Oakmont E-Blast 8-7-20

What's Inside...

Table of Contents

President’s Message 

GM Kevin Hubred’s last day of service to the Oakmont Village Association was August 5, so OVA is now operating without a General Manager. At the board’s request, prior to Kevin’s departure, he offered a list of his job responsibilities, the percentage of his time he has recently been devoting to each and to whom he believed those duties should fall in his absence.

Click Here For The Full President’s Message

Backup Power Readied for CAC 

Oakmont News Staff Report 

A new generator purchased by Oakmont to provide backup power to the Central and Berger activities center and the OVA Maintenance Building arrived on the CAC parking lot with the goal of being ready to run by Aug. 14. 

The generator holds approximately 430 gallons of diesel fuel, expected to be enough to last 5 or 6 days without refueling, according to Iris F. Harrell, chair of the Building Construction Committee. 

OVA Maintenance Manager Rick Aubert was setting up the fuel delivery system, should there be a need for an extended time of generator power, Harrell said.

The generator will cut on automatically when the power shuts down, using an automatic transfer switch. Harrell described the switch as a safer permanent connection from the electrical panel to the generator. 

 A smaller natural gas generator to provide backup power for the OVA office was expected to be operational Aug. 15. 

About 48″ high and will have screening and plants around it at ground level when it is installed on a concrete pad.

OVA’s new backup generator, ready for installation next to the electrical controls at the CAC parking lot. (Photo by Marty Thompson) 

Free Defensible Space Webinar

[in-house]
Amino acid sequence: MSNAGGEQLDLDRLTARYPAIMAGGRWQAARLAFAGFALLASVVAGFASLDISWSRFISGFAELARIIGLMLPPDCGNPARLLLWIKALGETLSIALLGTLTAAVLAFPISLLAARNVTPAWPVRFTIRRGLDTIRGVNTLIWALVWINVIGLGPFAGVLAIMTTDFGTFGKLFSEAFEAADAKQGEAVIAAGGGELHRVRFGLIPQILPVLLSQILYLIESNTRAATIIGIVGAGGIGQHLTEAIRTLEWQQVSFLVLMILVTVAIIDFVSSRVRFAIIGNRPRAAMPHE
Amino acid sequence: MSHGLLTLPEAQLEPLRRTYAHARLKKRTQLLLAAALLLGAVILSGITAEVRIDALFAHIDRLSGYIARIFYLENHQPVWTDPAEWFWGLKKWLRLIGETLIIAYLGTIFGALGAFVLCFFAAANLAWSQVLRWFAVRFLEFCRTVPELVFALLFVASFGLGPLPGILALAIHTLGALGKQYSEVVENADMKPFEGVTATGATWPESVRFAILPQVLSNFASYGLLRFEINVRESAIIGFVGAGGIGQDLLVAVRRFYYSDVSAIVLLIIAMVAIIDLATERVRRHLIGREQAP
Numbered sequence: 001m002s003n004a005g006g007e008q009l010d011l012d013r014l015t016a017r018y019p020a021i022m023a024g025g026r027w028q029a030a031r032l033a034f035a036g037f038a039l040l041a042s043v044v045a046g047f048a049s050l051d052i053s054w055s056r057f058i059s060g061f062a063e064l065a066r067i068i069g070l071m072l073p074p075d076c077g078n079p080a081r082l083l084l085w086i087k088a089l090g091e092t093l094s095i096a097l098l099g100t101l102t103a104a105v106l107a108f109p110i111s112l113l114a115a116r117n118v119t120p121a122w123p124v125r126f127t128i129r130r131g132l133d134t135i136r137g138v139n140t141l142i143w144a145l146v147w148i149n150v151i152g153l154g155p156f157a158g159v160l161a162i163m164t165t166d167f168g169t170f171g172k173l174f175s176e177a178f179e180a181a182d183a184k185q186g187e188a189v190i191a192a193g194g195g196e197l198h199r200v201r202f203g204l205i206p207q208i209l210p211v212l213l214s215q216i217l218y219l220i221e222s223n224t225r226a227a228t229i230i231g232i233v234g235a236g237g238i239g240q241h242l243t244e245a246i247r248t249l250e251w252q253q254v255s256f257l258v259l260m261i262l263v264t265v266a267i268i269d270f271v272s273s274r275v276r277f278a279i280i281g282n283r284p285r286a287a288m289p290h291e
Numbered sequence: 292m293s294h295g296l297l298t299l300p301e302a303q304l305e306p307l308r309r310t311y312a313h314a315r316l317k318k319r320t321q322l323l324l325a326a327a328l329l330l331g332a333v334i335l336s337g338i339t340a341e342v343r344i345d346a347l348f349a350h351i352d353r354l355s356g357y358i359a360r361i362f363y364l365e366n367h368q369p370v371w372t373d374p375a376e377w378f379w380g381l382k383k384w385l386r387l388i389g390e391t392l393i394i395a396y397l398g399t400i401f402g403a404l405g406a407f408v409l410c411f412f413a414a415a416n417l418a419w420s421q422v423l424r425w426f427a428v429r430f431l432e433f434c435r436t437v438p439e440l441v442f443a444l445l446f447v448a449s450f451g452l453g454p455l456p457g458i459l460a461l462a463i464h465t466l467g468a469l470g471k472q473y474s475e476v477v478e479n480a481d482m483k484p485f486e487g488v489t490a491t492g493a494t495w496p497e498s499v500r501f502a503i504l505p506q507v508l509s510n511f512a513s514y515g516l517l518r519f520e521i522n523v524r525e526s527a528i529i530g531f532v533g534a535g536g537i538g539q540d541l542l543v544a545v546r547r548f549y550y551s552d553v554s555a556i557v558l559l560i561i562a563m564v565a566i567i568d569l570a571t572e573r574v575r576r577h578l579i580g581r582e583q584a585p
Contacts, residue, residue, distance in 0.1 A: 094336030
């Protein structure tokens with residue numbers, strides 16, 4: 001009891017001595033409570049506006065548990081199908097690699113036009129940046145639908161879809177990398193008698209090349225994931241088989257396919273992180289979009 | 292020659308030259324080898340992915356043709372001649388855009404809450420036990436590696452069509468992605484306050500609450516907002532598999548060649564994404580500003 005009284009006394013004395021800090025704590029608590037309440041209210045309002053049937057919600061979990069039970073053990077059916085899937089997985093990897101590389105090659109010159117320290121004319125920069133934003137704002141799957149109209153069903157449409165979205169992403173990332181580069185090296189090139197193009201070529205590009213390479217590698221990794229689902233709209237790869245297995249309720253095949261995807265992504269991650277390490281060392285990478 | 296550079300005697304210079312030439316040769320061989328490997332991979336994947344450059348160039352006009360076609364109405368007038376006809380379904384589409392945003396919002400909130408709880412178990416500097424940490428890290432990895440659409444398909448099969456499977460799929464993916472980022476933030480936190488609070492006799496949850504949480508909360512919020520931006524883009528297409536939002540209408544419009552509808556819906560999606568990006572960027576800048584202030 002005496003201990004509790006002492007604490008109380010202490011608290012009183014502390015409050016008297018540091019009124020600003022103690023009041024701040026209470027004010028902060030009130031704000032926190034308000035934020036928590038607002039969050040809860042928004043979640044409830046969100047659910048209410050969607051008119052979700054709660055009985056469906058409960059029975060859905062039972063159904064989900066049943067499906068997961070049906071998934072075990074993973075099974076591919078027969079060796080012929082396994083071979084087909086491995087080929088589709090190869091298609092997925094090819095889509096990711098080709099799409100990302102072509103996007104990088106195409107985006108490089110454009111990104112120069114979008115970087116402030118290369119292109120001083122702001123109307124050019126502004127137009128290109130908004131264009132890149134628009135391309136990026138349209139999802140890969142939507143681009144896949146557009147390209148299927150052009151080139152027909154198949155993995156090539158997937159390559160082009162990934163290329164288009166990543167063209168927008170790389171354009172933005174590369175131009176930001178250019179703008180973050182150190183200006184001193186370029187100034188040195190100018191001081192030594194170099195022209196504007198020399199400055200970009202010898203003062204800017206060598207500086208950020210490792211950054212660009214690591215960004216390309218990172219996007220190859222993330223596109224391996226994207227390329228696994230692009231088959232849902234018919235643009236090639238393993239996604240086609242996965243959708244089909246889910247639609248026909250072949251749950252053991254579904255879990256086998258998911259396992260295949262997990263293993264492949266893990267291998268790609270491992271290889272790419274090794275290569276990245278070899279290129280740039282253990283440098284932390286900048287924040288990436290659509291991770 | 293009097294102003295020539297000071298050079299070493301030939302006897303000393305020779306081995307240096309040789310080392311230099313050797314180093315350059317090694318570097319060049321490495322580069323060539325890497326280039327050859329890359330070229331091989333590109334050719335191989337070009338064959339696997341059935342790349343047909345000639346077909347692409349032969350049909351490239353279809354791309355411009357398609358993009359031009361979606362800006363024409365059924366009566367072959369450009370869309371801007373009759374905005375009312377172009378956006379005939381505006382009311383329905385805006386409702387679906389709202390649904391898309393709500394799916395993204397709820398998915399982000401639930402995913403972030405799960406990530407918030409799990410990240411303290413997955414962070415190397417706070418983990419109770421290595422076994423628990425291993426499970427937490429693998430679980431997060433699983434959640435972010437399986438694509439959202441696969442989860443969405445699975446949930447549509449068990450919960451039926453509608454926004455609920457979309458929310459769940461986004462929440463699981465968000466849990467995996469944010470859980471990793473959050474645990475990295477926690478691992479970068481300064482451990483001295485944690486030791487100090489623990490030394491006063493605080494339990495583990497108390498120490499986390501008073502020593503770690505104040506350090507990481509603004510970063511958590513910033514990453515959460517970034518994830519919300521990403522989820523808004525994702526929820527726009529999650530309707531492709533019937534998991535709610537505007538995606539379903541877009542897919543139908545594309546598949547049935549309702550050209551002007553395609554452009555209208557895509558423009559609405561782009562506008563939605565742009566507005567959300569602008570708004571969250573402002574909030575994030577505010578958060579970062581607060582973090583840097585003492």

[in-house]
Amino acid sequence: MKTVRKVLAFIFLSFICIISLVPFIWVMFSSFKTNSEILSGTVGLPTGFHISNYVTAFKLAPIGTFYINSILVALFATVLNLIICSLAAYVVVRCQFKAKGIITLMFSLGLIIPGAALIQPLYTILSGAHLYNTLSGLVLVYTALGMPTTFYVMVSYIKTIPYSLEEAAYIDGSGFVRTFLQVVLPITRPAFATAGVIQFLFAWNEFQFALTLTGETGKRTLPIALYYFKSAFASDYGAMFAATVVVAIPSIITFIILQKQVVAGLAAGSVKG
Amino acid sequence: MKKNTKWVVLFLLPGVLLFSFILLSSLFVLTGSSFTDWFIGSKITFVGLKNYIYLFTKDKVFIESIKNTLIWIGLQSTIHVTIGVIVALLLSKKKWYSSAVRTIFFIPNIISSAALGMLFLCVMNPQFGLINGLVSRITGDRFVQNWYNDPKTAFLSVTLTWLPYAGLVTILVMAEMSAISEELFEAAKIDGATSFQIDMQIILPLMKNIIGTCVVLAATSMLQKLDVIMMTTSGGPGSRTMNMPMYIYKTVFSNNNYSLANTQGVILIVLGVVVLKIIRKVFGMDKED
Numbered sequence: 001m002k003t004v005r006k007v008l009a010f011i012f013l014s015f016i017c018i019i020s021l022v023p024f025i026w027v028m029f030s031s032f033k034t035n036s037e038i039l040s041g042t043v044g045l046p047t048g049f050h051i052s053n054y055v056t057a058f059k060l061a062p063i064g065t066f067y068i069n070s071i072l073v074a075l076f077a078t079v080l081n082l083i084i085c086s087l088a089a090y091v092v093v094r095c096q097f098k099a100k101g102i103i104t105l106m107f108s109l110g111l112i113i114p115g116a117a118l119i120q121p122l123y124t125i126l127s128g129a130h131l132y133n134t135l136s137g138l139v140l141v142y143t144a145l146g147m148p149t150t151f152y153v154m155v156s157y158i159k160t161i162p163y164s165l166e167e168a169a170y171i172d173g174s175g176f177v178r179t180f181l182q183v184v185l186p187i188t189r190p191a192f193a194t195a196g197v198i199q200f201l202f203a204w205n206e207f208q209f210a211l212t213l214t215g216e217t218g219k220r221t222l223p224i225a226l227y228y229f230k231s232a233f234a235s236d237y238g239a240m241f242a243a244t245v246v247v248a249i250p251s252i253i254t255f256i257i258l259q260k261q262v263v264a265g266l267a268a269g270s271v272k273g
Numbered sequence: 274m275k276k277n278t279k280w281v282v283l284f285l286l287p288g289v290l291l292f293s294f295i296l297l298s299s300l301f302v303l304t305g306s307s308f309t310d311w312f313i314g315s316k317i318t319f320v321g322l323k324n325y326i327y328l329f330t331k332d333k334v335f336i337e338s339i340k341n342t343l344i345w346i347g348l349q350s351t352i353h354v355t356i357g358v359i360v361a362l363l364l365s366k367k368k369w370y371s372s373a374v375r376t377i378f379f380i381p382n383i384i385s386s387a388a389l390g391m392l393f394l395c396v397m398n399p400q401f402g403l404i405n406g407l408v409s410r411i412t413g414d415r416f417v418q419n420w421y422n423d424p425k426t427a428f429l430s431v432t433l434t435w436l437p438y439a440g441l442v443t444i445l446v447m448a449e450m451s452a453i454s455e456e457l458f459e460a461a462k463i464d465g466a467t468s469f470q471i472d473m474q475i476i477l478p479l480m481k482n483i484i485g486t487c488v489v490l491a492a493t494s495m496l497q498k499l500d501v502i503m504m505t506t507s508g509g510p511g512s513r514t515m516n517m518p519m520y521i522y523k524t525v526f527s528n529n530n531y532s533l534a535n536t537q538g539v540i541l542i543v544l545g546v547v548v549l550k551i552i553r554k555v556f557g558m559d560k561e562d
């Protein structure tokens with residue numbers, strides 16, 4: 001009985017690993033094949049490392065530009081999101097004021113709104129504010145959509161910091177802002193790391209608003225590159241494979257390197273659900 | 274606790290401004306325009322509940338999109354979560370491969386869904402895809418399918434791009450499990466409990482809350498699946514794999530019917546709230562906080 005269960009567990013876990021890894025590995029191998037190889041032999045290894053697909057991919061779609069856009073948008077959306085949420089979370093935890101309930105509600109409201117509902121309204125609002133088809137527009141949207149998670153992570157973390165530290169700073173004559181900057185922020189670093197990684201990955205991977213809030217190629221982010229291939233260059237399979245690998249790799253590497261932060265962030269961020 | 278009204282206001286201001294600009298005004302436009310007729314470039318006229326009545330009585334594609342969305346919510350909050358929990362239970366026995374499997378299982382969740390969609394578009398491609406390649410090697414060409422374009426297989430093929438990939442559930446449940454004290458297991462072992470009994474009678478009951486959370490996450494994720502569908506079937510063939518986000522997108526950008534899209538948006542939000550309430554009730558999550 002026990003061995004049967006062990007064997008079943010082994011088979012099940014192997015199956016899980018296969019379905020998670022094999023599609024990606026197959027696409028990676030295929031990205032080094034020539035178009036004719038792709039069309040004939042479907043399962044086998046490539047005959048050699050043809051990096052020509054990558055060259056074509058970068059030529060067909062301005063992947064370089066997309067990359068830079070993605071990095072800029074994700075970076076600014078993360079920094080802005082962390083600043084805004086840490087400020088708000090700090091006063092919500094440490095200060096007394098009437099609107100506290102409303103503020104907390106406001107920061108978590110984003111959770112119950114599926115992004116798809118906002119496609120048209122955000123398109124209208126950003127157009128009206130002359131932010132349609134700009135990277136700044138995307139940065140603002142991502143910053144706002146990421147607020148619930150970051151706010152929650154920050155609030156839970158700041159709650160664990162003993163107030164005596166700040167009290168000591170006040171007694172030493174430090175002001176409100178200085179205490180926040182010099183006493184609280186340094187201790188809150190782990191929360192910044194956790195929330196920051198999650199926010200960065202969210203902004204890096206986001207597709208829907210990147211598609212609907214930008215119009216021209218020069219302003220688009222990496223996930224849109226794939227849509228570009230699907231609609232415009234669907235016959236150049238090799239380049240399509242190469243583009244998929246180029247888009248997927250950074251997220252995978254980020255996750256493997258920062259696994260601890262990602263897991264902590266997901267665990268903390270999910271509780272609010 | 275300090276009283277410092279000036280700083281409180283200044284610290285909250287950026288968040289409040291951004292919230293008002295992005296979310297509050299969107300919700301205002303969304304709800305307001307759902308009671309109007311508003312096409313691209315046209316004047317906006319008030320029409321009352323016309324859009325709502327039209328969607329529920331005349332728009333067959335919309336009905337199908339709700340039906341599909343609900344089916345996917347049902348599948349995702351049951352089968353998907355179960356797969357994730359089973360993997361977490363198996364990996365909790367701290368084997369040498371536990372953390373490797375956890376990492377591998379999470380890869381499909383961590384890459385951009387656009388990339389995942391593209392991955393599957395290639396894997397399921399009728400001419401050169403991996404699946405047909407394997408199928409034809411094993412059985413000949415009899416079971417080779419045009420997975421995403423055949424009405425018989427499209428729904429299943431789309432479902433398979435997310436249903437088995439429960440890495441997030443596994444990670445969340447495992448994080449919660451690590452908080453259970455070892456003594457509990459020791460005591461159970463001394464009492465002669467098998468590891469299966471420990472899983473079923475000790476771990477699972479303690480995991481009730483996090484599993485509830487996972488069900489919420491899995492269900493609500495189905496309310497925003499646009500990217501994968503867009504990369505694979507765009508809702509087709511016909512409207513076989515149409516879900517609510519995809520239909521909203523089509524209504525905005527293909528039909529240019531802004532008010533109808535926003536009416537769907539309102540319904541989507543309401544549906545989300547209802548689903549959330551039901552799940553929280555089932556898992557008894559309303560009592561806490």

10:30 on Saturday August 8, 2020 

This webinar is part of a series of three webinars discussing defensible space and structural hardening.  

“Staying Alive in the Zero to Five,” will focus on ways homeowners in Oakmont, can reduce wildfire risk by creating a defensible space around the home, with a particular focus on the area within five-feet around the home’s exterior. This area is often called the “home ignition zone” and is where the house is most vulnerable to radiant heat, embers and direct flame contact (RED). This element of the defensible space criteria is also part of the new Firewise Landscape Policy currently under review at Oakmont making it extremely important for community members to attend. 

In this webinar, we will spend about 30 minutes in a question and answer format with local wildland fire safety champions discussing what people can and should do in the home ignition zone.  

The webinar has reached the 100-person capacity, but you can still watch it live at https://oakmontvillage.com/live

The next two webinars in this series are from 10:30 to noon on Sept. 12 – “Five feet to 30 Feet Landscape – Firewise AND Beautiful,” and on October 10 – “Hardening Your Home for Wildfire Protection.” 

Please Don’t Feed the Wild Animals 

As the summer gets drier, it may be tempting to feed our wild friends – the kind with four legs and fur. But feeding wild animals is illegal in California. It’s also illegal to leave water out for them. Doing so can change their behavior and attract their prey. They can also lose their fear of human beings, and then become aggressive. Human food is not good for wild animals and can make them sick. 

A recent article in the Press Democrat highlights a disease affecting deer here. One of the suspected causes is feeding by humans.  

Please don’t feed the animals.   

Guests Rules at Oakmont Facilities: A reminder 

While the Sonoma County Health Department Order pertaining to Covid-19 is in place, no guests are allowed at any Oakmont facilities. This includes all outdoor sports facilities and the pools. Your cooperation is appreciated.